Discover more about the government’s new plans to promote commonhold as a viable alternative to leasehold.
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With leasehold reform still a battleground of competing interests, the government has launched a Commonhold Council of leading property industry experts to advise them on the implementation of a reformed commonhold regime.
Housing Secretary, Robert Jenrick, said this formed part of the government’s attempts to usher in the most significant reforms to property law in England for 40 years.
Commonhold and Leasehold Reform Act 2002
The Commonhold and Leasehold Reform Act 2002 introduced into English and Welsh law the first new type of property ownership in over 75 years. Commonhold was seen as the answer to the multiple problems created by long leases.
A commonhold scheme can only be created out of freehold property, either land or a building (which can be new or existing). The commonhold comes into effect as soon as the property is registered as a commonhold at the Land Registry. The commonhold framework is quite straightforward. The freehold property is divided into:
- units (flats); and
- common areas.
This allows an individual (a “unit holder”) to own the freehold of their flat. The freehold ownership of the common areas such as the actual structure of the building, corridors, stairs, entrance hall, and any garden or car park, is vested in a ‘commonhold association’, a company limited by guarantee. Membership of the commonhold association is limited to the unit holders, all of whom are entitled to membership. Unit holders each contribute a proportion of the cost of insuring the building and managing, maintaining and repairing the common areas.
Surprisingly, despite the fanfare that greeted its introduction almost 20 years ago, commonhold has struggled to gain any real traction at all, with fewer than 20 schemes and only around 150 commonhold units ever registered.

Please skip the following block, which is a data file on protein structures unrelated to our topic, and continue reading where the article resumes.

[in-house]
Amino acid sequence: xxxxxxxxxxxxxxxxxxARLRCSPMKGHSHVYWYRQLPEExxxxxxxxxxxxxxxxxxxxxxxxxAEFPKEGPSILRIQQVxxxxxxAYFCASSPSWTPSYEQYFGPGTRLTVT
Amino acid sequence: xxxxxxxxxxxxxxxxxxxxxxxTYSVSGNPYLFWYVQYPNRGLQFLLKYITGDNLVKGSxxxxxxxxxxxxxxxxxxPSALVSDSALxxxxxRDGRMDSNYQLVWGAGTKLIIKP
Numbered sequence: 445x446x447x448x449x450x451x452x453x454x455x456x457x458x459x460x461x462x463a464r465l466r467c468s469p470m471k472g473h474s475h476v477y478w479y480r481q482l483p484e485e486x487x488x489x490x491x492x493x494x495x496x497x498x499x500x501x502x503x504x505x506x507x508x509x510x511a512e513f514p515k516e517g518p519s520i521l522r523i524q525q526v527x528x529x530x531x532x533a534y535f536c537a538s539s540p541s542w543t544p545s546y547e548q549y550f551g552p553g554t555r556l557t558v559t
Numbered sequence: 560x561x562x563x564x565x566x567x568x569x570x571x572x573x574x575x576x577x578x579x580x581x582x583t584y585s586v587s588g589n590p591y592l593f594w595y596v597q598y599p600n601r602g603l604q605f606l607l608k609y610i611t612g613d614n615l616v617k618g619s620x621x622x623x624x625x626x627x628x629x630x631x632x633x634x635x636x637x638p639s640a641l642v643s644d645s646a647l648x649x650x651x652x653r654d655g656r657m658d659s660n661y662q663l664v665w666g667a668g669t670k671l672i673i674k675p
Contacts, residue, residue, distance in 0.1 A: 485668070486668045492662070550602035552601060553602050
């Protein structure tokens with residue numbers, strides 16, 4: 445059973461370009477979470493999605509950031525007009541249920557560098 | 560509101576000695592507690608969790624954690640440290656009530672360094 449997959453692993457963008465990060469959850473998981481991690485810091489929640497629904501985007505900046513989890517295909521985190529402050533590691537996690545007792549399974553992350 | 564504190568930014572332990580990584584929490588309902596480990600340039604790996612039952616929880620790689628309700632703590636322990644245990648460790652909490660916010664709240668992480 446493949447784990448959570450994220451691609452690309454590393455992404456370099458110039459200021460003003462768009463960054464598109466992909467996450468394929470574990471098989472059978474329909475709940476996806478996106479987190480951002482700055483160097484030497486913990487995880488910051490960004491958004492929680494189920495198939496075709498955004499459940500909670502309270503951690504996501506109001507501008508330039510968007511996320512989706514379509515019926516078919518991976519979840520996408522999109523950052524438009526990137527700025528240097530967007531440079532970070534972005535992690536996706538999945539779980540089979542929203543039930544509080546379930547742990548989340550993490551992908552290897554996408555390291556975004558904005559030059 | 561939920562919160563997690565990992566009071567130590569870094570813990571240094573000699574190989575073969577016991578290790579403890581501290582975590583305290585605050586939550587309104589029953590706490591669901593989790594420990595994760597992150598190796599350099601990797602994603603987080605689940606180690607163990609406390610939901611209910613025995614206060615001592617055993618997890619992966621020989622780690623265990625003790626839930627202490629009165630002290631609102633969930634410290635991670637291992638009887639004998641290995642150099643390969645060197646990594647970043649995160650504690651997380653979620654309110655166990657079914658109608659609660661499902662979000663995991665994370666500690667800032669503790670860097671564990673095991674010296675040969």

The launch of the new Commonhold Council follows an announcement in the Queen’s Speech which signalled the government’s intention to reform and modernise the housing system. Commonhold gives homeowners more freedom over decision-making than leasehold, and ultimately, they are in control of their building.
Charles Roe, director of mortgages at UK Finance, said that work to reinvigorate commonhold as an attractive alternative to leasehold ownership of property should focus on newbuild homes in order to address the concerns of mortgage lenders. He told a Westminster Legal Policy Forum that while there are a number of lenders who are prepared to lend on commonhold properties “it’s not as common as leasehold and that’s a problem…As a country we know and understand leasehold – both its flaws and positives. It will need government intervention and widespread support to ensure commonhold replaces leasehold [successfully].”
To discuss a commonhold scheme, or commonhold conveyancing, please contact our commonhold solicitors on 01225 462871. Alternatively, you can email them or complete the Contact Form at the foot of this page.